3. NRCS will evaluate sampling units for prevalence of hydrophytic vegetation.
    1. If onsite review is not required, NRCS will review remote resources that identify dominant vegetation species for the sampling units.  County Soil Survey Ecological Site Descriptions, Official Soil Series Descriptions, wetland reference sites, and USFWS National Wetland Inventory vegetation data can be used to indicate hydrophytic vegetation prevalence.
    2. If onsite review is required, NRCS will observe and document the presence of hydrophytic and non-hydrophytic plants to determine whether hydrophytic vegetation is prevalent.
  4. NRCS will evaluate sampling units for predominance of hydric soil.
    1. If onsite review is not required, NRCS will determine whether the sampling units have a predominance of hydric soils according to the published soil survey.  
    2. If onsite review is required, NRCS will evaluate representative locations within the sampling units to determine if hydric soils are present.  Hydric soils are often identified by unique soil colors due to mineral depletion or accumulation, and the presence of organic soil material. 
  5. NRCS will evaluate sampling units for wetland hydrology.
    1. If onsite review is not required, NRCS will review remote resources including aerial imagery taken in normal precipitation years to assess if sampling units have been inundated by water or affected by saturated soil conditions sufficient to meet wetland hydrology.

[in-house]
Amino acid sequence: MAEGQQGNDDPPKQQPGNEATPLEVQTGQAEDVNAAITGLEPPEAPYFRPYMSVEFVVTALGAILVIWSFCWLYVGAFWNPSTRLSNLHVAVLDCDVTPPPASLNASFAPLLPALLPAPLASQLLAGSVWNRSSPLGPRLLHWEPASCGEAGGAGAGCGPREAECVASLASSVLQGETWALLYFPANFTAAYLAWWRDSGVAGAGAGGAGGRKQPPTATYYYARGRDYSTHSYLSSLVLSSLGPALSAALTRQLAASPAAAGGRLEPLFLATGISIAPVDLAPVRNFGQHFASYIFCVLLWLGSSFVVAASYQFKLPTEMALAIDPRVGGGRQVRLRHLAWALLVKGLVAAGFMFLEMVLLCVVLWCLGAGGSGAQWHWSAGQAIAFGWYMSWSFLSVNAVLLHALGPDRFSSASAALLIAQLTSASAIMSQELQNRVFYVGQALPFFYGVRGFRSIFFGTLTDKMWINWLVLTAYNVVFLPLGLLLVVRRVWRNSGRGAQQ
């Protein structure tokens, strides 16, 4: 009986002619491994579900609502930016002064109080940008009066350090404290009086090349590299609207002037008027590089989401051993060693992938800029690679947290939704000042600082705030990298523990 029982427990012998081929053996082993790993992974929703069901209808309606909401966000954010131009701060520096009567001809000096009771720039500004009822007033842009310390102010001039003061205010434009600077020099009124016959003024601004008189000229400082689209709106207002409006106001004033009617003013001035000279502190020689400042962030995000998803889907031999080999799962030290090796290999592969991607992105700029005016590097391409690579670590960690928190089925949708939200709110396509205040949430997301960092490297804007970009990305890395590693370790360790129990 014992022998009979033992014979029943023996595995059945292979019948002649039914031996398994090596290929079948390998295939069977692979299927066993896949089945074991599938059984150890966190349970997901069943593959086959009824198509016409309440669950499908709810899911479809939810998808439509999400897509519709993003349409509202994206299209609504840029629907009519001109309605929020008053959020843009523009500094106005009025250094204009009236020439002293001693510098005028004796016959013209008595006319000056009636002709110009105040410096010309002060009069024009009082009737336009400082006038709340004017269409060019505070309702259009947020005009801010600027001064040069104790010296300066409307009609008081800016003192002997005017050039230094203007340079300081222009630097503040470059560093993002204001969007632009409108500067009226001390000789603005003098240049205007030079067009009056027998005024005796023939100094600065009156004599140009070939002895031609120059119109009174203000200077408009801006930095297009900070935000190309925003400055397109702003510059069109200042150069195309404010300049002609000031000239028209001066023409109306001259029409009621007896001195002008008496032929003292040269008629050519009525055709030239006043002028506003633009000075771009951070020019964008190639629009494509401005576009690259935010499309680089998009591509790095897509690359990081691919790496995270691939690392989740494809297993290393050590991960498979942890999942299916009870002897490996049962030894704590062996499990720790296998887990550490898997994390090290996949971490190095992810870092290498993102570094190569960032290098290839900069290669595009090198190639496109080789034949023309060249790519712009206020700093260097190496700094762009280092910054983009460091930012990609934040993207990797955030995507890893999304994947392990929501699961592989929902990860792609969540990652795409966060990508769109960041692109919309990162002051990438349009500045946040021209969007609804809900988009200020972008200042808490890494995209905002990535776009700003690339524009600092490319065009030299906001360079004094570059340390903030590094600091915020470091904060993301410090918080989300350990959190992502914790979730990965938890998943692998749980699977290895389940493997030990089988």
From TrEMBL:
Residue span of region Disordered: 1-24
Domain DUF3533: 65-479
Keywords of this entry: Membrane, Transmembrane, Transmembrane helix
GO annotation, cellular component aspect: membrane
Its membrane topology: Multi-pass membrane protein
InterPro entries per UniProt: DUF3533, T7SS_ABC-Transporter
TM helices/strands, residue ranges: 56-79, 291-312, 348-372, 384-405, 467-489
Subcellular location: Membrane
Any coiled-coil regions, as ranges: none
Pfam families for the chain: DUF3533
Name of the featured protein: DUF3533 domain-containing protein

2. If onsite review is required, NRCS will evaluate representative locations within sampling units to determine if hydrology is present under normal circumstances (under normal climate and lack of disturbance).  Indicators could include surface water, high water table, saturation, or signs of recent water presence left in soil features.  

Step 2: NRCS will determine the wetland type.

  1. Sampling units are labeled to reflect any wetland function and history of the site. Criteria for labeling includes pre and post Food Security Act wetland drainage, how much hydrology the site supports (if any), and the history of use. Labels include but are not limited to: W (wetland), NW (non-wetland), PC (prior converted cropland), FW (farmed wetland), FWP (farmed wetland pasture), and CW (converted wetland). For certain wetlands, this is where the Farmed Wetland Hydrology Indicators can be applied.

Step 3: NRCS will determine the size of each wetland.

  1. The acreage is determined for each wetland delineation and denoted on the base map.

Step 4: NRCS will complete a wetland determination map by delineating the wetland, documenting the label, and recording the wetland acreage.

Step 5: NRCS will complete Form NRCS-CPA-026 “Highly Erodible Land and Wetland Conservation Determination”, attach the wetland determination map, and issue a preliminary technical determination. See example, below

See example, below:

CWD_map.pdf (1.47 MB)


Additional Information